The Collection of G. Andrew Bjurman / Thomas Moran (1837-1926) Hance's Canyon paper 9 1/2 x 12 1/2 in. framed 21 x 24 in.
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Gustave A. Buek, Brooklyn and East Hampton, New York, gifted from the artist, 1915.
Thomas Nygard, Inc., Bozeman, Montana.
American Water Colors, The Anderson Galleries, New York, no. 58, no date.
Carol Clark, Thomas Moran: Watercolors of the American West, The Amon Carter Museum of Western Art, Fort Worth, Texas, 1980, no. 119, p. 139.
Nancy K. Anderson, Thomas Moran, National Gallery of Art, Washington D.C., 1997, no. 71, pp. 142, 254, 400, illustrated.
Washington D.C., National Gallery of Art, Thomas Moran, September 28, 1997 - January 11, 1998, no. 71 [the exhibition also travelled to the Gilcrease Museum, Tulsa, February 8 - May 10, 1998 and the Seattle Art Museum, Seattle, June 11 - August 30, 1998], as In the Lava Beds.
Thomas Moran was an intrepid explorer and chronicler of the American West but his 1892 trip, when the present work was executed, proved to be his last major artistically productive adventure. 1 Moran chronicled the present work to his wife Mary Nimmo Moran in a letter posted from Denver, Colorado and dated June 5, 1892: "After dinner we started for the river. The trail was easy enough until we struck the first waterfall in the lava. Here we let ourselves down with ropes and in the same way of six waterfalls. Jackson's photos will show you how we did it. We reached the river about 4 in the afternoon. It was very full and muddy and it seemed to me that the rapids were equal to the Whirlpool rapids at Niagara. Black lava 2000 feet in height was all around us except an occasional glimpse of the higher sandstone peaks in the openings. We were all very tired having descended more than 5000 feet from the brink to the river, but it was a glorious trip. After photographing for an hour, we began the return to where we were to camp for the night about 2 miles up. We had to mount all the falls again by the ropes we came down on, which we accomplished all right and just at dark camped under some rocks about 2 miles from Hance's cabin in the Canon. After a good supper we wrapped ourselves in our blankets and laid on the open ground and slept the sleep of the tired". 2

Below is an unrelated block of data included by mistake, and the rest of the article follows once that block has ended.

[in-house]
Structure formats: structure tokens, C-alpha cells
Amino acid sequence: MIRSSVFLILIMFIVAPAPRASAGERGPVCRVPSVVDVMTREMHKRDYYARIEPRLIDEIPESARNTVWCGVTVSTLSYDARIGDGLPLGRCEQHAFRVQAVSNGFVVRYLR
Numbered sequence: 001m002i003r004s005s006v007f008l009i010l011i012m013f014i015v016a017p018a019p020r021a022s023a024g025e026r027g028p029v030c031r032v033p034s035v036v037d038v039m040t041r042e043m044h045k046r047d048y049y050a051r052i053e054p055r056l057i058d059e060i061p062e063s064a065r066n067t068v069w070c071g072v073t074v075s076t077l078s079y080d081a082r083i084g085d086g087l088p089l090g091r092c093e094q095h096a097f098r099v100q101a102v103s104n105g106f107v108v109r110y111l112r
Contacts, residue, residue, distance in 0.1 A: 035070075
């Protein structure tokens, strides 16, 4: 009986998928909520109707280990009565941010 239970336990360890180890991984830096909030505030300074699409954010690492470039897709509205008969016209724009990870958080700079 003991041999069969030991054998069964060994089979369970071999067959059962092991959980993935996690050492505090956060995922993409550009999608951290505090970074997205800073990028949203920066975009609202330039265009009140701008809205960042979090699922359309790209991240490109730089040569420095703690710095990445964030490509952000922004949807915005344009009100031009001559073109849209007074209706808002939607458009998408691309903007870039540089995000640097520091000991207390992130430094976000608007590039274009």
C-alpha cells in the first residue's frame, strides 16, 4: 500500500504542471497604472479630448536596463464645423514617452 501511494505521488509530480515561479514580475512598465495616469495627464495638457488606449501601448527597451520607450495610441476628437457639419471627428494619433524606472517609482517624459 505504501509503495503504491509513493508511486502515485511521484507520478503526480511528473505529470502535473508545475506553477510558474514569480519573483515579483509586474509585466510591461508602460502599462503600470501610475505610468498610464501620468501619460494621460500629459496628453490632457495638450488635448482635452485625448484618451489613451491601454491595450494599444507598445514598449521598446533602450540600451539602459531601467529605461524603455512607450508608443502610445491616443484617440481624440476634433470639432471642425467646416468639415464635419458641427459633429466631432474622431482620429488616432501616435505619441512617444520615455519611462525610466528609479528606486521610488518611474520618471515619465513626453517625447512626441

1 Carol Clark, Thomas Moran Watercolors of the American West, The Amon Carter Museum of Western Art, Fort Worth, Texas, 1980, p. 61.
2 as quoted in Washington D.C., National Gallery of Art, Thomas Moran, September 28, 1997 - January 11, 1998, Thomas Moran to Mary Nimmo Moran, from Denver, 5 June 1892, in Bassford and Fryxell 1967, pp. 90-91.